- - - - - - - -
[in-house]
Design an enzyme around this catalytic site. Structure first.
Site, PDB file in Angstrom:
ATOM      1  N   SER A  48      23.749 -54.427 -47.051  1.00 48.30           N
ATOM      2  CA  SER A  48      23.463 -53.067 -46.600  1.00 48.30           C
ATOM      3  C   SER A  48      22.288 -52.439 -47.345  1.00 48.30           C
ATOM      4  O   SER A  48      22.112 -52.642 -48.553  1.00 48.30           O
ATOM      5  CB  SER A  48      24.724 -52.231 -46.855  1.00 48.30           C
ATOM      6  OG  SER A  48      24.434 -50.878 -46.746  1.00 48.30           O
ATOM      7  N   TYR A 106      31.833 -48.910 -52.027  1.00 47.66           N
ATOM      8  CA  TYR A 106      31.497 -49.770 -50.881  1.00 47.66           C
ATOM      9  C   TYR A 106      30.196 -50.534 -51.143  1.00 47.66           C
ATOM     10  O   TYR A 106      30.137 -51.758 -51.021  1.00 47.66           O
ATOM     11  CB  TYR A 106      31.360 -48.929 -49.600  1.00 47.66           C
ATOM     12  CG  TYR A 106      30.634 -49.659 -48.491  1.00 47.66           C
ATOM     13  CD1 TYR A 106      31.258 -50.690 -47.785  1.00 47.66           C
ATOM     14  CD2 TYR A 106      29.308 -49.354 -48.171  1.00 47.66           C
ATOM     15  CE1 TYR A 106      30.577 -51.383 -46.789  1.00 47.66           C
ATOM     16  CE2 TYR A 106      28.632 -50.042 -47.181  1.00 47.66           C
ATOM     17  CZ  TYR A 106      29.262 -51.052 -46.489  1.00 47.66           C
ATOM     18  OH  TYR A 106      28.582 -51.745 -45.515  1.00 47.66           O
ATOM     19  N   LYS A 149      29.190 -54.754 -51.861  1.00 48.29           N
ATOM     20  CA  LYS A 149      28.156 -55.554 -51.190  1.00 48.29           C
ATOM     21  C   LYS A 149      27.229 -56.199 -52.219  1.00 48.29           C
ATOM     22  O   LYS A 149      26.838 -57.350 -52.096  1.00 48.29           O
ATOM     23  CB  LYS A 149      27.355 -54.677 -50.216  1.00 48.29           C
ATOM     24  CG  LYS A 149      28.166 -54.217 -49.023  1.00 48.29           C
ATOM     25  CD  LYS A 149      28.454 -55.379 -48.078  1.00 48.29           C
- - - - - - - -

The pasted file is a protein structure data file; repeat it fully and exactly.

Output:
[in-house]
Design an enzyme around this catalytic site. Structure first.
Site, PDB file in Angstrom:
ATOM      1  N   SER A  48      23.749 -54.427 -47.051  1.00 48.30           N
ATOM      2  CA  SER A  48      23.463 -53.067 -46.600  1.00 48.30           C
ATOM      3  C   SER A  48      22.288 -52.439 -47.345  1.00 48.30           C
ATOM      4  O   SER A  48      22.112 -52.642 -48.553  1.00 48.30           O
ATOM      5  CB  SER A  48      24.724 -52.231 -46.855  1.00 48.30           C
ATOM      6  OG  SER A  48      24.434 -50.878 -46.746  1.00 48.30           O
ATOM      7  N   TYR A 106      31.833 -48.910 -52.027  1.00 47.66           N
ATOM      8  CA  TYR A 106      31.497 -49.770 -50.881  1.00 47.66           C
ATOM      9  C   TYR A 106      30.196 -50.534 -51.143  1.00 47.66           C
ATOM     10  O   TYR A 106      30.137 -51.758 -51.021  1.00 47.66           O
ATOM     11  CB  TYR A 106      31.360 -48.929 -49.600  1.00 47.66           C
ATOM     12  CG  TYR A 106      30.634 -49.659 -48.491  1.00 47.66           C
ATOM     13  CD1 TYR A 106      31.258 -50.690 -47.785  1.00 47.66           C
ATOM     14  CD2 TYR A 106      29.308 -49.354 -48.171  1.00 47.66           C
ATOM     15  CE1 TYR A 106      30.577 -51.383 -46.789  1.00 47.66           C
ATOM     16  CE2 TYR A 106      28.632 -50.042 -47.181  1.00 47.66           C
ATOM     17  CZ  TYR A 106      29.262 -51.052 -46.489  1.00 47.66           C
ATOM     18  OH  TYR A 106      28.582 -51.745 -45.515  1.00 47.66           O
ATOM     19  N   LYS A 149      29.190 -54.754 -51.861  1.00 48.29           N
ATOM     20  CA  LYS A 149      28.156 -55.554 -51.190  1.00 48.29           C
ATOM     21  C   LYS A 149      27.229 -56.199 -52.219  1.00 48.29           C
ATOM     22  O   LYS A 149      26.838 -57.350 -52.096  1.00 48.29           O
ATOM     23  CB  LYS A 149      27.355 -54.677 -50.216  1.00 48.29           C
ATOM     24  CG  LYS A 149      28.166 -54.217 -49.023  1.00 48.29           C
ATOM     25  CD  LYS A 149      28.454 -55.379 -48.078  1.00 48.29           C